This general education/science course is designed for any student with an interest in learning practical ways to effectively communicate knowledge to a wide range of audiences. It differs from traditional communication courses by concentrating on how to communicate specialist knowledge - the knowledge you learn here at University in your chosen field of expertise.

Eligibility to enrol: Any student from any faculty (including Science students) may take SCIGEN 101G as their general education option. We advise you to check the University’s general education website.

### MATHS 153

Accelerated Mathematics

**Semester One **

MAX (MATHS 153) is designed for students concurrently at high school who enjoy academic challenge and who have shown themselves to be very capable at high school mathematics. This course is part of The University of Auckland Young Scholars Programme.

The Department of Mathematics and the Department of Engineering Science at The University of Auckland jointly offer this course as *MATHS 153 - Accelerated Mathematics*. MATHS 153 is a 15 point course which is academically equivalent to the first year Engineering Mathematics course *ENGSCI 111 - Mathematical Modelling 1* or to the first year Mathematics course *MATHS 150 - Advancing Mathematics 1*. It is also an excellent alternative to *MATHS 108 - General Mathematics 1*.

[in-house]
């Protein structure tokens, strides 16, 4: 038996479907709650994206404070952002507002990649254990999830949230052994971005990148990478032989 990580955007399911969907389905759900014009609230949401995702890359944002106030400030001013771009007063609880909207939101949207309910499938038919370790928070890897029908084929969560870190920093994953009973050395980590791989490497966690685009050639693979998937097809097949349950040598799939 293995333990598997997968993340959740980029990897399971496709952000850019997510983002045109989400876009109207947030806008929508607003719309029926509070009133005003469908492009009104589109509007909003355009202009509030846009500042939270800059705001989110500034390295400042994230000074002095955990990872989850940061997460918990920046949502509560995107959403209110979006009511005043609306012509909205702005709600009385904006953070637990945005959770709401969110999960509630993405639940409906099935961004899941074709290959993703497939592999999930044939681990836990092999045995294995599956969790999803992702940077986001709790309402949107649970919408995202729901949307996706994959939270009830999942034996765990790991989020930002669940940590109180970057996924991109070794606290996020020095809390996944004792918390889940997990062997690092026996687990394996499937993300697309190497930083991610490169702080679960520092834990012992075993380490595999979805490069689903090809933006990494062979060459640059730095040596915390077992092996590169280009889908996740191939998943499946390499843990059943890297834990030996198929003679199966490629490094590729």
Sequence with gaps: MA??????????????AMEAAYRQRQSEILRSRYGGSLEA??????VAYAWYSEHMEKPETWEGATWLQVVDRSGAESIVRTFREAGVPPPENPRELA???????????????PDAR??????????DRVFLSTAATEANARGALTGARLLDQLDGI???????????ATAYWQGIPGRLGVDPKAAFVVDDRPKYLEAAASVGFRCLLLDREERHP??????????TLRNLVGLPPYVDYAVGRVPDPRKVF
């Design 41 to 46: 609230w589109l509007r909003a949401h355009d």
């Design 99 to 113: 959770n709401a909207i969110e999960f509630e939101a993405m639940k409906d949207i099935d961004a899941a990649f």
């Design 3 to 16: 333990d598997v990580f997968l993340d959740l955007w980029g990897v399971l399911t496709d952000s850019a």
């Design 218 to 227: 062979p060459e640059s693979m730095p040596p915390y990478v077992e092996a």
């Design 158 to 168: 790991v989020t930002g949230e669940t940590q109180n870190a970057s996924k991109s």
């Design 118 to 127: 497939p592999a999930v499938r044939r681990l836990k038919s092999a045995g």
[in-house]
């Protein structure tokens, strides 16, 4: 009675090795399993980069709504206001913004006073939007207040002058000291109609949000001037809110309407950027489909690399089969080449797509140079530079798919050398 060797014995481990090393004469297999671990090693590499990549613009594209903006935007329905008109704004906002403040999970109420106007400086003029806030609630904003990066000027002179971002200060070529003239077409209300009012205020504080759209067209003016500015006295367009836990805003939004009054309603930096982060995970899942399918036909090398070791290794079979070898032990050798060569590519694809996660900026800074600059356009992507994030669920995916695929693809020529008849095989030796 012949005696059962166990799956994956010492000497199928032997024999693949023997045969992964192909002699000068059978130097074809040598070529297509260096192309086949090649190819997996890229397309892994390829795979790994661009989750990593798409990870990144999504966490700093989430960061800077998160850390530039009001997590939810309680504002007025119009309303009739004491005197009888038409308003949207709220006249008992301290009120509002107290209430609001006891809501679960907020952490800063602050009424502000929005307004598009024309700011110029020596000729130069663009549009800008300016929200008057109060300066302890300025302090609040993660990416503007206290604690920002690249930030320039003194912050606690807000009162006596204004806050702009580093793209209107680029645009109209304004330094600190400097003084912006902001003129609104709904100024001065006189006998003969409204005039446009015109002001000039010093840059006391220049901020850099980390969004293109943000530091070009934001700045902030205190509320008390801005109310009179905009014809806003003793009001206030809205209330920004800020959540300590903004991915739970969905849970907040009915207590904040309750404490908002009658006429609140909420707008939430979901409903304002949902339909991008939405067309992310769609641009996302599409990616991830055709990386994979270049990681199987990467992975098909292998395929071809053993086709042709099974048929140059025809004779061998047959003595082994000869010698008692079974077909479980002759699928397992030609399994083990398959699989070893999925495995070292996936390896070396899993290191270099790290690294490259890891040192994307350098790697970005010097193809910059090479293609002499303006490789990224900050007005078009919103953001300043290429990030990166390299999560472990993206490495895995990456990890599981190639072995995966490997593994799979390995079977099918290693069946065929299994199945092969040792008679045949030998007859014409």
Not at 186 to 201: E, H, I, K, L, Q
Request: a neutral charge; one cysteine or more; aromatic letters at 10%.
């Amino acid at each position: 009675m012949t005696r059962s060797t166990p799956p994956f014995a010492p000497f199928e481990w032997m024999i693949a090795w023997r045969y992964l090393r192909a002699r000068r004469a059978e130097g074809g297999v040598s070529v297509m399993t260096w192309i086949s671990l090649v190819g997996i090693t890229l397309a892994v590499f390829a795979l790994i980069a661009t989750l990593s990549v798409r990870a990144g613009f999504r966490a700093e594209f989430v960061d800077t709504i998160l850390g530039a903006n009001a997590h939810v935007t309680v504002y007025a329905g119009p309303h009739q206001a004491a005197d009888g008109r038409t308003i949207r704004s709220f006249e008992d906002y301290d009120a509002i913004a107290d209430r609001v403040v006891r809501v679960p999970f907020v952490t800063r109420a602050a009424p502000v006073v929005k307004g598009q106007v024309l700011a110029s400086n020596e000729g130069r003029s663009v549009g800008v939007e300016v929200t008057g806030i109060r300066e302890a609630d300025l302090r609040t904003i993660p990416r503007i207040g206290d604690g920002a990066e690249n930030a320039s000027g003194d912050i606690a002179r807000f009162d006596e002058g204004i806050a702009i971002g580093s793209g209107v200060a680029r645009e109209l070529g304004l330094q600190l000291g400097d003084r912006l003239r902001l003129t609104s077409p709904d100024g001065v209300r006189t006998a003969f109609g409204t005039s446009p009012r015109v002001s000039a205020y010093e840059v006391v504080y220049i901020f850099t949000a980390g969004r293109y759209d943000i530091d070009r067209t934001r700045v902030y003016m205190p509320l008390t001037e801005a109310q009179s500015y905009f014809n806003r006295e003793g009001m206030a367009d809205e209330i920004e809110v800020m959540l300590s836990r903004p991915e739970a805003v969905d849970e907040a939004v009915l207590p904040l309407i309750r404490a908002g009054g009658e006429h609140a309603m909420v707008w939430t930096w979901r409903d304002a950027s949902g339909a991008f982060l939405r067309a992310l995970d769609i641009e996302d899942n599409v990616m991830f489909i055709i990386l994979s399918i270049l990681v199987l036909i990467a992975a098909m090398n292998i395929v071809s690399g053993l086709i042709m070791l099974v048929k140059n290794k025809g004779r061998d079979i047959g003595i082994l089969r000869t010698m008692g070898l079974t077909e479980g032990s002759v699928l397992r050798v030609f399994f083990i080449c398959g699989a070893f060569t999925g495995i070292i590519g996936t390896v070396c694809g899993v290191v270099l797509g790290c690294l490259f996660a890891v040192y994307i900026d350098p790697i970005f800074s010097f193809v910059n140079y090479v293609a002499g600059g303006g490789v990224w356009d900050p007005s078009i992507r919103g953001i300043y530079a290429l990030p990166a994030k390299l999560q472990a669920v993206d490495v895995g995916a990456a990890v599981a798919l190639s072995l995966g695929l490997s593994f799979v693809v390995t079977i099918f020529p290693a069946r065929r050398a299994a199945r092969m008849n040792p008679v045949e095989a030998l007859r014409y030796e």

Students who pass MATHS 153 will be eligible to enrol in any of *ENGSCI 211 - Mathematical Modelling 2*, *MATHS 250 - Advancing Mathematics 2* or *MATHS 208 - General Mathematics 2*, when they become full time students at The University of Auckland.

Enrolment requires permission from Department.

For details please see the MAX webpage

**Restrictions**: MATHS 108, 150, ENGGEN 150, ENGSCI 111.

**Course Coordinator**

Padraic Bartlett

## Stage II

All students intending to major in Mathematics or Applied Mathematics are encouraged to take MATHS 250, MATHS 253 and MATHS 260. Mathematics majors should also take MATHS 255 and Applied Mathematics majors must take MATHS 270.

### MATHS 202

Learning Mathematics through Teaching

**Offered in Semester Two**

The practice of teaching provides unique opportunities for developing mathematical and pedagogical knowledge. Through practical teaching sessions and discussions informed by research in Mathematics Education, students will make sense of common difficulties in mathematics learning and acquire effective ways for overcoming them.

**Prerequisites**: At least 30 points from courses in Mathematics including either MATHS 208 or 250.